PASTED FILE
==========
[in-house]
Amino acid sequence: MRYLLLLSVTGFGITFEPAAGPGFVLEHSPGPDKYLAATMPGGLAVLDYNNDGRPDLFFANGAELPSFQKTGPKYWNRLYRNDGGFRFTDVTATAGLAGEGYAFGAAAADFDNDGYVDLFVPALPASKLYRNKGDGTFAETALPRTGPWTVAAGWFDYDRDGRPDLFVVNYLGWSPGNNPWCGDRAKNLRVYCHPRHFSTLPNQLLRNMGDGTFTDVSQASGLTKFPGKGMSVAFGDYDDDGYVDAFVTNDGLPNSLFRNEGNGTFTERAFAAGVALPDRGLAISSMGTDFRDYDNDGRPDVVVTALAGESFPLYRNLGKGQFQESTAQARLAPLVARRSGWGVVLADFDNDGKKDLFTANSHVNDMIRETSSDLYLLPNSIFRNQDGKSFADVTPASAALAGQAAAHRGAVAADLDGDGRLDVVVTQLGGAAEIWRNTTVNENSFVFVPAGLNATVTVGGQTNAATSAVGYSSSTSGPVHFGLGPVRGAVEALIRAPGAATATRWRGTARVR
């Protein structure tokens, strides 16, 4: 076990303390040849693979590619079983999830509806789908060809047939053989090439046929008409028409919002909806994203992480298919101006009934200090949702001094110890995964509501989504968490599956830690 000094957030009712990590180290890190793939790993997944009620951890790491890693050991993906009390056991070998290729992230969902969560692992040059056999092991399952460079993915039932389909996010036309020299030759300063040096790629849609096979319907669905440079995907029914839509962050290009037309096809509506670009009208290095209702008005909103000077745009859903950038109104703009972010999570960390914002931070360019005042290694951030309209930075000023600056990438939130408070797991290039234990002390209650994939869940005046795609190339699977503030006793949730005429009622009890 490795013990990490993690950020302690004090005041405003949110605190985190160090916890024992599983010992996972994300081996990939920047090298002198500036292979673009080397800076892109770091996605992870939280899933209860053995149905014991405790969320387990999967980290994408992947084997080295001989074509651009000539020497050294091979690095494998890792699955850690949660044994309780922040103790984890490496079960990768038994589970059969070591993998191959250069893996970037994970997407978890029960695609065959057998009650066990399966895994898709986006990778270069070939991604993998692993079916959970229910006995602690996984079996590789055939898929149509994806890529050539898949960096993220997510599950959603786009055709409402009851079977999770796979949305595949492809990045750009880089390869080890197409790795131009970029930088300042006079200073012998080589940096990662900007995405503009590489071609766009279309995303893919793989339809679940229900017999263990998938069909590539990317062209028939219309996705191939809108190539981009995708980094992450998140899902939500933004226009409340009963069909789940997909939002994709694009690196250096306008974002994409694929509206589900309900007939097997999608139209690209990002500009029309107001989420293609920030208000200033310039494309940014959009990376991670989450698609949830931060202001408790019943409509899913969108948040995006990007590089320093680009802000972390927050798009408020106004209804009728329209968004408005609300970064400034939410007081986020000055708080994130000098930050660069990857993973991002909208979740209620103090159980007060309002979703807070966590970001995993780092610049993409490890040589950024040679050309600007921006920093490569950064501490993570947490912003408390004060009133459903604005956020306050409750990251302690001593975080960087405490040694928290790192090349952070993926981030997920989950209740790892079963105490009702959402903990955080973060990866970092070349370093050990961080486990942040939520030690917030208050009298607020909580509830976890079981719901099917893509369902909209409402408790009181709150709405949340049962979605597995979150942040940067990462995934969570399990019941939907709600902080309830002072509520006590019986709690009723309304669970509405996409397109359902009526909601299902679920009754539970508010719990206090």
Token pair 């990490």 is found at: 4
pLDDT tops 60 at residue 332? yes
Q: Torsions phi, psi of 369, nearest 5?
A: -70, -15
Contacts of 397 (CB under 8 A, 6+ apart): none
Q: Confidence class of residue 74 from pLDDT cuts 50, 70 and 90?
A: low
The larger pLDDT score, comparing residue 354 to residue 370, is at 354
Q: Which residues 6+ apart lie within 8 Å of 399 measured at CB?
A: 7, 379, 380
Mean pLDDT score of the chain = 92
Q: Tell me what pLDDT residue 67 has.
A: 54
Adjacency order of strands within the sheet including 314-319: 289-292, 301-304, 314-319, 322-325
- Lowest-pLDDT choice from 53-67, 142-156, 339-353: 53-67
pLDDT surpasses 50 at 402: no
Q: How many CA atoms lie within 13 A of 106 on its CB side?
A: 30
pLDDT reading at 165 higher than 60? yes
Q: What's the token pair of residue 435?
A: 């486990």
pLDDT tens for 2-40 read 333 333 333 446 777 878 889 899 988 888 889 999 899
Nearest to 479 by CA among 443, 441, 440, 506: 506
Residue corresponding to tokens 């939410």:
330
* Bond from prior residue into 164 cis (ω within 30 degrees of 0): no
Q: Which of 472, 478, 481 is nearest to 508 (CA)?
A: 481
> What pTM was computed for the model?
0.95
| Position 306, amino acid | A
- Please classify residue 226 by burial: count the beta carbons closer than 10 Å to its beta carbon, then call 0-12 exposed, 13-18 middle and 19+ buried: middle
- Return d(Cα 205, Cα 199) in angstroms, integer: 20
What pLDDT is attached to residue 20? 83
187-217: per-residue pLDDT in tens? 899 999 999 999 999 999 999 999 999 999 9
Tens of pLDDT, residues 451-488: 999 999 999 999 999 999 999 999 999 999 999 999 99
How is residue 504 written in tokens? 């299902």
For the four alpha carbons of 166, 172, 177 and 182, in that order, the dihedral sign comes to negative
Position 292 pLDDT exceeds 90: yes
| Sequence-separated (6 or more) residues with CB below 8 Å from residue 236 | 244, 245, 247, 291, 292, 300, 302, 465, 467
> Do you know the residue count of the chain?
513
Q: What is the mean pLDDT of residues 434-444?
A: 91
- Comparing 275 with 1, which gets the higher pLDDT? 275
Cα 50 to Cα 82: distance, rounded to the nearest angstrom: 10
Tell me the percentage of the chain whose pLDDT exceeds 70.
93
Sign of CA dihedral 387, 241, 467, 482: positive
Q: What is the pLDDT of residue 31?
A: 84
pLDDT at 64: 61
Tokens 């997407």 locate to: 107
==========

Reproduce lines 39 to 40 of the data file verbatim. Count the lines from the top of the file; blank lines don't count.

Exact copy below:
Tens of pLDDT, residues 451-488: 999 999 999 999 999 999 999 999 999 999 999 999 99
How is residue 504 written in tokens? 């299902």